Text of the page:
Study Claims Vitamin and Mineral Supplements Don’t Lower the Risk of Stroke or Heart Attack

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A new study conducted by the St. Michael’s Hospital proves that vitamin and mineral supplements have no health benefit. They don’t prevent cardiovascular disease, heart attack, stroke or early death.

The study analyzed existing data and also conducted single randomized control trials from 2012 to 2017. It found that multivitamins, vitamin D, vitamin C, and calcium had no advantage or posed no harm in early death due to cardiovascular disease.

Usually, people take vitamin and mineral supplements to improve the nutritive intake that cannot be found in food. Even the study lead author, David Jenkins was surprised to see these results:

“We were surprised to find so few positive effects of the most common supplements that people consume. Our review found that if you want to use multivitamins, vitamin D, calcium or vitamin C, it does no harm – but there is no apparent advantage either.”

Folic Acid or B-vitamins With Folic Acid Reduces Cardiovascular Disease and Stroke

Researchers found that only folic acid or B-vitamins with folic acid can reduce cardiovascular disease and stroke. However, niacin and antioxidants have a small effect.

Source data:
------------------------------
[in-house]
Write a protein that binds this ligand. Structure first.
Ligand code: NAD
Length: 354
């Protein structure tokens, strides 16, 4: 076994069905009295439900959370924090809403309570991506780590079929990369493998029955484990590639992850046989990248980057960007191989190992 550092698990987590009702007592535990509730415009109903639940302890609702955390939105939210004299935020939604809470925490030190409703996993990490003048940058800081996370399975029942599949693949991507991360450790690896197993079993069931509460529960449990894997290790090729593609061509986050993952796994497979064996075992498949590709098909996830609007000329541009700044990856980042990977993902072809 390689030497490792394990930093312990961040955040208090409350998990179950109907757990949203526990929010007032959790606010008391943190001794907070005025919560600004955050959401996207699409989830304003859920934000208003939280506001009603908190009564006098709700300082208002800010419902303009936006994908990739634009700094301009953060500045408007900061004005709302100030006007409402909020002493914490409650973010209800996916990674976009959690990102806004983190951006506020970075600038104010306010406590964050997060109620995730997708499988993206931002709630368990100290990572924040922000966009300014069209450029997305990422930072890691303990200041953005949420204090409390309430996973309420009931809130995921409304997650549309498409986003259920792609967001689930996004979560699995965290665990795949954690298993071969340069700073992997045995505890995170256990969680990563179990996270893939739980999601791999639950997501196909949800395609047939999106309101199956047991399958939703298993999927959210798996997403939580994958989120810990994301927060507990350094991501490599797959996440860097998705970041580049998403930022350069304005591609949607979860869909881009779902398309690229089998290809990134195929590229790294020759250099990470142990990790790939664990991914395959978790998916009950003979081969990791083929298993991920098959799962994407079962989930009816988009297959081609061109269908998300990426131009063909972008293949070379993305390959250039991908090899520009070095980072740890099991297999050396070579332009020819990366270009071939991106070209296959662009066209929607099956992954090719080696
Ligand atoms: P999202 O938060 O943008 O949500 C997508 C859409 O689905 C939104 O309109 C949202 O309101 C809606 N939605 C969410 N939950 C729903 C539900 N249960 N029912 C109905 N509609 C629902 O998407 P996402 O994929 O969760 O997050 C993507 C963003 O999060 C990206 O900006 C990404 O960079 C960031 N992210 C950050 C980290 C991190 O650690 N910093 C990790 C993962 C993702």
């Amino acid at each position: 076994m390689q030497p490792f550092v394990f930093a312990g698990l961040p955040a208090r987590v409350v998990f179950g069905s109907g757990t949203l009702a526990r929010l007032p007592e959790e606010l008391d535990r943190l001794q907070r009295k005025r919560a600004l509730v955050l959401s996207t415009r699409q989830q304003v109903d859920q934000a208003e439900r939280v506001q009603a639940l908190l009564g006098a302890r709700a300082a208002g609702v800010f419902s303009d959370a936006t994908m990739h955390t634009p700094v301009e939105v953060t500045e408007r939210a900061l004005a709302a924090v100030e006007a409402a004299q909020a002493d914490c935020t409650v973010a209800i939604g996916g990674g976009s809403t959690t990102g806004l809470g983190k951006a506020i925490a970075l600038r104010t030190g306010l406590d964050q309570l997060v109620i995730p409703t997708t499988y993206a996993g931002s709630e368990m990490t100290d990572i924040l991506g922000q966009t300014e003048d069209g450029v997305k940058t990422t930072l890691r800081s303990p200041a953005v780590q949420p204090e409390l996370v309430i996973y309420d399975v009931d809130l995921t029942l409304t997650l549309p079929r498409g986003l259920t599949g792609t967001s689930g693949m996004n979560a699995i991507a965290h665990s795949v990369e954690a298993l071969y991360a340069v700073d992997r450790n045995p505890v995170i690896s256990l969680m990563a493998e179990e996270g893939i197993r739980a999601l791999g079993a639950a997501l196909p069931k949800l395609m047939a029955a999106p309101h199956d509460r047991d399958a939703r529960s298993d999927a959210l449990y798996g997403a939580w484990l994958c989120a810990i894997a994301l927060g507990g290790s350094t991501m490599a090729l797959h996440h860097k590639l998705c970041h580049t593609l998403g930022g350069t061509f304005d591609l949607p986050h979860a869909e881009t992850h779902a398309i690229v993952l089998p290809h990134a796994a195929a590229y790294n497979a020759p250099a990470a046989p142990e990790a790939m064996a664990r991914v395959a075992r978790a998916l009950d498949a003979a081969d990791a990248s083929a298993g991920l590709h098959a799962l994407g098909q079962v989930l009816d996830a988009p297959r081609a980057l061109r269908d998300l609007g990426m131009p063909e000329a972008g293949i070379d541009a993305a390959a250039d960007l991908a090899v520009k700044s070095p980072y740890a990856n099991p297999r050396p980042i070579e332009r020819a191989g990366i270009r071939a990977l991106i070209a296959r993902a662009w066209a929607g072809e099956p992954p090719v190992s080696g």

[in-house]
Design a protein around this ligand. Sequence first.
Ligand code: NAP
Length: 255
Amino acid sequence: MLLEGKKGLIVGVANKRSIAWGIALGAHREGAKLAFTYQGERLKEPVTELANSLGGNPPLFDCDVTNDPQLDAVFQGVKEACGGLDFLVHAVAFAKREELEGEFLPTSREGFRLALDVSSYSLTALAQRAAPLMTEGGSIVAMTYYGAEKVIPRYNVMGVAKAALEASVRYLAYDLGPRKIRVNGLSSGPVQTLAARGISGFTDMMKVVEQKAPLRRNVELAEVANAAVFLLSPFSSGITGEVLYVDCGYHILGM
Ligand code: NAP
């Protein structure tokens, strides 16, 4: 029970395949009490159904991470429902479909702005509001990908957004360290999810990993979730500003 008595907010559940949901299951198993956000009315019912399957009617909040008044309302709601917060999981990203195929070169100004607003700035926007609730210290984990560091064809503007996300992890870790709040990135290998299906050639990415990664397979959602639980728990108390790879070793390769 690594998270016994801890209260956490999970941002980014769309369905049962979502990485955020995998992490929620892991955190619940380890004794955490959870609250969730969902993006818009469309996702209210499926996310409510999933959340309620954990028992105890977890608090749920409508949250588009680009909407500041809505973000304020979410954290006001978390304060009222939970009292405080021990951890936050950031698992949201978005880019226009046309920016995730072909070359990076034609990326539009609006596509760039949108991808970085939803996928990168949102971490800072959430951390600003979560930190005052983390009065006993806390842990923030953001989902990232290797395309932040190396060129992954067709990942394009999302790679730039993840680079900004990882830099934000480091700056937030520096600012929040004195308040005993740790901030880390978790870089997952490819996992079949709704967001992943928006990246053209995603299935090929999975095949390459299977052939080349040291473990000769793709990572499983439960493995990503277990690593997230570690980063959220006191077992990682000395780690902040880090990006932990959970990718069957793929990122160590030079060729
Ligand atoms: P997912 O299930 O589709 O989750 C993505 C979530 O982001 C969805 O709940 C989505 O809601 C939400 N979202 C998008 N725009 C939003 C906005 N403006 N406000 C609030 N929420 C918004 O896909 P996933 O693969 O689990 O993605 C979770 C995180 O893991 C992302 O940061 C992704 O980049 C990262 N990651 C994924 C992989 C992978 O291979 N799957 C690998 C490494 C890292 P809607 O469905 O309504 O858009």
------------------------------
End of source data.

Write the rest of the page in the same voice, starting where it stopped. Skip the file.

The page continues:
Jenkins added that people should now know if the supplements they take are good for their condition:

“People should be conscious of the supplements they’re taking and ensure they’re applicable to the specific vitamin or mineral deficiencies they have been advised of by their healthcare provider.”

He and his team reviewed a multivitamin supplement data which had A, B1, B2, B3 (niacin), B6, B9 (folic acid), C, D and E; and ß-carotene; calcium; iron; zinc; magnesium; and selenium.

Jenkins concludes that there is a small positive data on multivitamins, “apart from folic acid’s potential reduction in the risk of stroke and heart disease.” He recommends people to rely on a healthy diet and get the vitamins and minerals naturally. His study and previous research show that supplements are no better than eating unprocessed plant foods like vegetables, fruits, and nuts.

More information on the study can be found in the Journal of the American College of Cardiology.

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Andre Blair s is the lead editor for Advocator.ca. He holds a B.A. in Psychology from the University of Toronto, and a Master of Science in Public Health (M.S.P.H.) from the School of Public Health, Department of Health Administration, at the University of North Carolina at Chapel Hill. Andre specializes in environmental health, but writes on a variety of issues.


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